Tech Takes A Talking To At Davos For Its Effect On Jobs

Big banks, since the halcyon days of the Great Recession, have had a long sit in the naughty chair — widely maligned as the bad guys from Main Street to the annual World Economic forum in Davos.

But this year — though much at Davos is as it has always been (plus a few concerns about the Brexit and a heavily protectionist U.S. president) — a new villain seems to have been sent by central casting.

New to the naughty chair — big tech.

Called “corporate states” by Professor Mary Cummings from Duke University on account of their mounting power (and small accountability), tech companies took hit after hit, mostly because of their chilling effect on jobs. Former United States Secretary of State John Kerry noted in his remarks that although globalization takes a lot of blame for working class woes worldwide, the culprit is actually to be found in the fast pace of technological change.

“Trade is not to blame for job losses,” Kerry stated during his Davos appearance, before noting that automation is the actual culprit.

And the data backs up that claim — according to research out of Ball State, four out of every five jobs lost in the US have been the result of technological advances.

“I can’t wait to see how the incoming administration deals with AI [artificial intelligence],” said Mr Kerry.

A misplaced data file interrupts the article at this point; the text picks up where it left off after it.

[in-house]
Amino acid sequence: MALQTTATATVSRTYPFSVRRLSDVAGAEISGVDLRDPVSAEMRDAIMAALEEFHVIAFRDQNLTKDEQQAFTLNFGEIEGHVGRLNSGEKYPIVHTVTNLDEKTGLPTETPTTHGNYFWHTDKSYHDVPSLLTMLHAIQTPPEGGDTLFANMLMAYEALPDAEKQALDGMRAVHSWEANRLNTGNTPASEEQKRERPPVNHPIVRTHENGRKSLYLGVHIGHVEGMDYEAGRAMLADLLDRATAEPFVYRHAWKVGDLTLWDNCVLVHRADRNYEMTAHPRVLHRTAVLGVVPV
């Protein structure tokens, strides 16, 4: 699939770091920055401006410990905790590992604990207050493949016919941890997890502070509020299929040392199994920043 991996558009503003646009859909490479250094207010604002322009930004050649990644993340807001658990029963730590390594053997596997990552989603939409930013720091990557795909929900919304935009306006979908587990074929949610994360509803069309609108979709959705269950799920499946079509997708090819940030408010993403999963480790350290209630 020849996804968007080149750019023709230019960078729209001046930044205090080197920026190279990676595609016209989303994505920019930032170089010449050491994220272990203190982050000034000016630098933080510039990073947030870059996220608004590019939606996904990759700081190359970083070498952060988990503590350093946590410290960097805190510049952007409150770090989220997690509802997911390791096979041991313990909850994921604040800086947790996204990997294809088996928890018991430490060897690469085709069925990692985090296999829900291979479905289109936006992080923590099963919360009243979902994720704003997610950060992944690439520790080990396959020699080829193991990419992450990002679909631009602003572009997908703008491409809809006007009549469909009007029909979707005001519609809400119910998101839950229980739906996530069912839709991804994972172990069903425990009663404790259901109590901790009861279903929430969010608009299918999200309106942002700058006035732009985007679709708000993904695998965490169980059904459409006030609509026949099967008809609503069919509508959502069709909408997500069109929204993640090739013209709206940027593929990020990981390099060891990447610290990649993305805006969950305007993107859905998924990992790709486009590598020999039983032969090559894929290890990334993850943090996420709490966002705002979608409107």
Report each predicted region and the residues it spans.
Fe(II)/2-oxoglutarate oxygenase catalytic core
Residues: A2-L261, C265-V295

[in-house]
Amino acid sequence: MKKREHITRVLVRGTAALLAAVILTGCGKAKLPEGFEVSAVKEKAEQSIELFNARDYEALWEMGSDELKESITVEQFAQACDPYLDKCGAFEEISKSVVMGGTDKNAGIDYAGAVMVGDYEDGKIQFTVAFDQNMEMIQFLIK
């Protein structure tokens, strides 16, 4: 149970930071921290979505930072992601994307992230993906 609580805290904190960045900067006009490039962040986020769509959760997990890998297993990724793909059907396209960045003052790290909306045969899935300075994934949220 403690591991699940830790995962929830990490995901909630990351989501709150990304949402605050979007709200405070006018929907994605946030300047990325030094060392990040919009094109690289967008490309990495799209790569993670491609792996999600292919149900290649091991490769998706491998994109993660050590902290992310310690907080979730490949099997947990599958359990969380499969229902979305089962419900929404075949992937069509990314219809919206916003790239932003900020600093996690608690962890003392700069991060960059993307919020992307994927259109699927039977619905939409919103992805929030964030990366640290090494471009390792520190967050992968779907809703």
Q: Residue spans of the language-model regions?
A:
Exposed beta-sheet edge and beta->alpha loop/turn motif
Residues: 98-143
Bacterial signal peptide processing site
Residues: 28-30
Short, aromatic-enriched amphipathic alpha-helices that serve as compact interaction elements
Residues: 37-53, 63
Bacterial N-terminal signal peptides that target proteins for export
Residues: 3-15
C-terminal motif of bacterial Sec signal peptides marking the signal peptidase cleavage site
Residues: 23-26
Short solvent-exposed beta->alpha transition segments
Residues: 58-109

Tech executives found themselves in an unfamiliar position at Davos this year — defending themselves like they ran big banks.

“Artificial intelligence is about the augmentation of people, not the replacement of people,” said Ginni Rometty, the chief executive of IBM — repeatedly. “You have to think about how you develop trust for any new technology,” she added. “There are some things that machines can do that perhaps they shouldn’t do,” conceded Satya Nadella, the chief executive of Microsoft.

Other execs, like Meg Whitman, boss of Hewlett Packard Enterprises, noted that for all of tech’s big wonders, it also brings with it big problems.

“Technology has changed everything,” she said. “It can be a huge force for good in areas such as climate change, agriculture, food, and medicine, but it has also meant changes for jobs. We need to manage technological change better. We need to understand how we got here. There is a distrust of institutions and the changes brought about by technological change…it is a far bigger cause of job losses than globalization.”

Delegates favored education as a potential solution, with many delegates talking about the need for educational overhaul.

“Skills is the issue of our time,” said IBM’s Rometty. “When I weigh the pros and cons, I believe the benefits will outweigh the downsides.”



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